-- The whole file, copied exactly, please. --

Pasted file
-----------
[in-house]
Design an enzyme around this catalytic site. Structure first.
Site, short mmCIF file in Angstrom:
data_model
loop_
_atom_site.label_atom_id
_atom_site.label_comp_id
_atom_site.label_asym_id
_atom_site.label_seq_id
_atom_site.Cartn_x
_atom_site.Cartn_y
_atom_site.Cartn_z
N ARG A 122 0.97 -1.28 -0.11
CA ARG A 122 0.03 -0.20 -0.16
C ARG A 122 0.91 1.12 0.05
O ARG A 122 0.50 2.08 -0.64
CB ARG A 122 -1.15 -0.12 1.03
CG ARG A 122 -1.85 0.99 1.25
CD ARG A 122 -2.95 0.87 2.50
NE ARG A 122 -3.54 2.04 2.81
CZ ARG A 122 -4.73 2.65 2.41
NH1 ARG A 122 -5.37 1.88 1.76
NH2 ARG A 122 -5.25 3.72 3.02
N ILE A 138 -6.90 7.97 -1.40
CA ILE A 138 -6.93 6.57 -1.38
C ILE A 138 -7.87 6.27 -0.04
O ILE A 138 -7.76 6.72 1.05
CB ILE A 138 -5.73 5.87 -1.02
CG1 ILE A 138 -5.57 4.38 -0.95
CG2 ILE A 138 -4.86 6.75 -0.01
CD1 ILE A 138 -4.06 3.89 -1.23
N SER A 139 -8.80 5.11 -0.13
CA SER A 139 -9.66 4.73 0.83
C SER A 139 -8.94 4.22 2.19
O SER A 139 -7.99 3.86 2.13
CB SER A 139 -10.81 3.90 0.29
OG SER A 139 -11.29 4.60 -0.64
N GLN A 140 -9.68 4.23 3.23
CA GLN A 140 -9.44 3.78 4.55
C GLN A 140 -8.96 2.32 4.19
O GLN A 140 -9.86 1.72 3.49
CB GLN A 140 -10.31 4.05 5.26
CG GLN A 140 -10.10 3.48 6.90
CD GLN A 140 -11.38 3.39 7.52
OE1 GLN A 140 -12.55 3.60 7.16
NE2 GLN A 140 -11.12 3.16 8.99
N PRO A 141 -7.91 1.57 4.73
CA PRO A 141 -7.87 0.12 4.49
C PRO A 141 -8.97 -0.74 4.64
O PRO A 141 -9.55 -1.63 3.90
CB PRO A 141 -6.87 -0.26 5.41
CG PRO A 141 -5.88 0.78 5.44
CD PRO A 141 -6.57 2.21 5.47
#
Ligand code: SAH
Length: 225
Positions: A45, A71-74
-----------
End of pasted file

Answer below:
[in-house]
Design an enzyme around this catalytic site. Structure first.
Site, short mmCIF file in Angstrom:
data_model
loop_
_atom_site.label_atom_id
_atom_site.label_comp_id
_atom_site.label_asym_id
_atom_site.label_seq_id
_atom_site.Cartn_x
_atom_site.Cartn_y
_atom_site.Cartn_z
N ARG A 122 0.97 -1.28 -0.11
CA ARG A 122 0.03 -0.20 -0.16
C ARG A 122 0.91 1.12 0.05
O ARG A 122 0.50 2.08 -0.64
CB ARG A 122 -1.15 -0.12 1.03
CG ARG A 122 -1.85 0.99 1.25
CD ARG A 122 -2.95 0.87 2.50
NE ARG A 122 -3.54 2.04 2.81
CZ ARG A 122 -4.73 2.65 2.41
NH1 ARG A 122 -5.37 1.88 1.76
NH2 ARG A 122 -5.25 3.72 3.02
N ILE A 138 -6.90 7.97 -1.40
CA ILE A 138 -6.93 6.57 -1.38
C ILE A 138 -7.87 6.27 -0.04
O ILE A 138 -7.76 6.72 1.05
CB ILE A 138 -5.73 5.87 -1.02
CG1 ILE A 138 -5.57 4.38 -0.95
CG2 ILE A 138 -4.86 6.75 -0.01
CD1 ILE A 138 -4.06 3.89 -1.23
N SER A 139 -8.80 5.11 -0.13
CA SER A 139 -9.66 4.73 0.83
C SER A 139 -8.94 4.22 2.19
O SER A 139 -7.99 3.86 2.13
CB SER A 139 -10.81 3.90 0.29
OG SER A 139 -11.29 4.60 -0.64
N GLN A 140 -9.68 4.23 3.23
CA GLN A 140 -9.44 3.78 4.55
C GLN A 140 -8.96 2.32 4.19
O GLN A 140 -9.86 1.72 3.49
CB GLN A 140 -10.31 4.05 5.26
CG GLN A 140 -10.10 3.48 6.90
CD GLN A 140 -11.38 3.39 7.52
OE1 GLN A 140 -12.55 3.60 7.16
NE2 GLN A 140 -11.12 3.16 8.99
N PRO A 141 -7.91 1.57 4.73
CA PRO A 141 -7.87 0.12 4.49
C PRO A 141 -8.97 -0.74 4.64
O PRO A 141 -9.55 -1.63 3.90
CB PRO A 141 -6.87 -0.26 5.41
CG PRO A 141 -5.88 0.78 5.44
CD PRO A 141 -6.57 2.21 5.47
#
Ligand code: SAH
Length: 225
Positions: A45, A71-74